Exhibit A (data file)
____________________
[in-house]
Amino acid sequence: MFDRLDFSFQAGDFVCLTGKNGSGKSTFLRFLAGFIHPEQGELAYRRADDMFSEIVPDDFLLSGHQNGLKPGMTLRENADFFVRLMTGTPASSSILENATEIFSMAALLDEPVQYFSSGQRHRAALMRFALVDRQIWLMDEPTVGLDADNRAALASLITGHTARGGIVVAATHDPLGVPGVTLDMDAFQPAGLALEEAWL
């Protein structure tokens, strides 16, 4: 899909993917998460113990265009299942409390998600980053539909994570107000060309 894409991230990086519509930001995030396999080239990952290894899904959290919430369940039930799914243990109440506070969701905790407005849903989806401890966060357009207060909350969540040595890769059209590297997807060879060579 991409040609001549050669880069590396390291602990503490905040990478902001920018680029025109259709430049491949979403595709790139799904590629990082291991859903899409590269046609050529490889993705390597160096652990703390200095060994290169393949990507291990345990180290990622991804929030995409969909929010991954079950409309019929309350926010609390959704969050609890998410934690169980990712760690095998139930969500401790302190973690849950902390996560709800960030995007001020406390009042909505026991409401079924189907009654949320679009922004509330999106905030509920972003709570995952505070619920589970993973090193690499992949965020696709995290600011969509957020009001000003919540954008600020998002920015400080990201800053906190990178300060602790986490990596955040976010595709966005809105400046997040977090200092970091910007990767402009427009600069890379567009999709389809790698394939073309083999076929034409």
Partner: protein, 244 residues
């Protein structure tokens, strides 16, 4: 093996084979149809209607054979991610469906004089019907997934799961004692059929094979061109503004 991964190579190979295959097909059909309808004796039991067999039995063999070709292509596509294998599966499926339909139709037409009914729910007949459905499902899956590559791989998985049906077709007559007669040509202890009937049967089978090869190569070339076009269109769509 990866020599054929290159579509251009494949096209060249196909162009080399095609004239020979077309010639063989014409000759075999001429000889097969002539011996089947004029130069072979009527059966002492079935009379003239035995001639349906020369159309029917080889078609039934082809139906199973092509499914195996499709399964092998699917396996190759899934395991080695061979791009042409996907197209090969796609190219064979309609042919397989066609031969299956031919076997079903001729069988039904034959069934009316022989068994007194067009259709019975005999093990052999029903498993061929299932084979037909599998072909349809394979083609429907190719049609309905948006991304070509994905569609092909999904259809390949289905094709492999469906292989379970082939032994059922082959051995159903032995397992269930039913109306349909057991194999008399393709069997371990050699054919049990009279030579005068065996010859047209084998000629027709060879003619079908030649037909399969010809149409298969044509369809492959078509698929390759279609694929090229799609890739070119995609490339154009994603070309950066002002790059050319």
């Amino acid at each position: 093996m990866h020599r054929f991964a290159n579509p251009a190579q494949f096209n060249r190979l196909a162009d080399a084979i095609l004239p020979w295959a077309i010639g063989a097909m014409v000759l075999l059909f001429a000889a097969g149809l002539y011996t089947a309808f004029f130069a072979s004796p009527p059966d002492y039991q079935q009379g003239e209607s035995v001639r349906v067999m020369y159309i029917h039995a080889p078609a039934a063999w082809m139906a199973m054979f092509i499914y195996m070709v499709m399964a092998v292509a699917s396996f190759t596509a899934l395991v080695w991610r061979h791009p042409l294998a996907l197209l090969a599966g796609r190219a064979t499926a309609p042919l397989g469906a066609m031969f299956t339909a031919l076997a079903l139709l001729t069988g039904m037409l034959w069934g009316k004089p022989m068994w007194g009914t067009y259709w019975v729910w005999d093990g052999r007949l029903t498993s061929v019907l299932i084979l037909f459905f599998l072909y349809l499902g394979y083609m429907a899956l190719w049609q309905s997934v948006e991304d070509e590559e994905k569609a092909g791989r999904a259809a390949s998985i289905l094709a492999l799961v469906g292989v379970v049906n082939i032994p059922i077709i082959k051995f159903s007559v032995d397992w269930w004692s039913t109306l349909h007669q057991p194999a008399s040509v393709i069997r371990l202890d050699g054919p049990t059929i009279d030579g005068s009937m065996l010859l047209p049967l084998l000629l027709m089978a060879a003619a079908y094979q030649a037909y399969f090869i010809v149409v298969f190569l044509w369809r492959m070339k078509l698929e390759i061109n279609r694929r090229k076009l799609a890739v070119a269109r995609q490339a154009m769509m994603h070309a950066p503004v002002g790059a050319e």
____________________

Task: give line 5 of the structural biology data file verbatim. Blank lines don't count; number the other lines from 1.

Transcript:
């Protein structure tokens, strides 16, 4: 093996084979149809209607054979991610469906004089019907997934799961004692059929094979061109503004 991964190579190979295959097909059909309808004796039991067999039995063999070709292509596509294998599966499926339909139709037409009914729910007949459905499902899956590559791989998985049906077709007559007669040509202890009937049967089978090869190569070339076009269109769509 990866020599054929290159579509251009494949096209060249196909162009080399095609004239020979077309010639063989014409000759075999001429000889097969002539011996089947004029130069072979009527059966002492079935009379003239035995001639349906020369159309029917080889078609039934082809139906199973092509499914195996499709399964092998699917396996190759899934395991080695061979791009042409996907197209090969796609190219064979309609042919397989066609031969299956031919076997079903001729069988039904034959069934009316022989068994007194067009259709019975005999093990052999029903498993061929299932084979037909599998072909349809394979083609429907190719049609309905948006991304070509994905569609092909999904259809390949289905094709492999469906292989379970082939032994059922082959051995159903032995397992269930039913109306349909057991194999008399393709069997371990050699054919049990009279030579005068065996010859047209084998000629027709060879003619079908030649037909399969010809149409298969044509369809492959078509698929390759279609694929090229799609890739070119995609490339154009994603070309950066002002790059050319």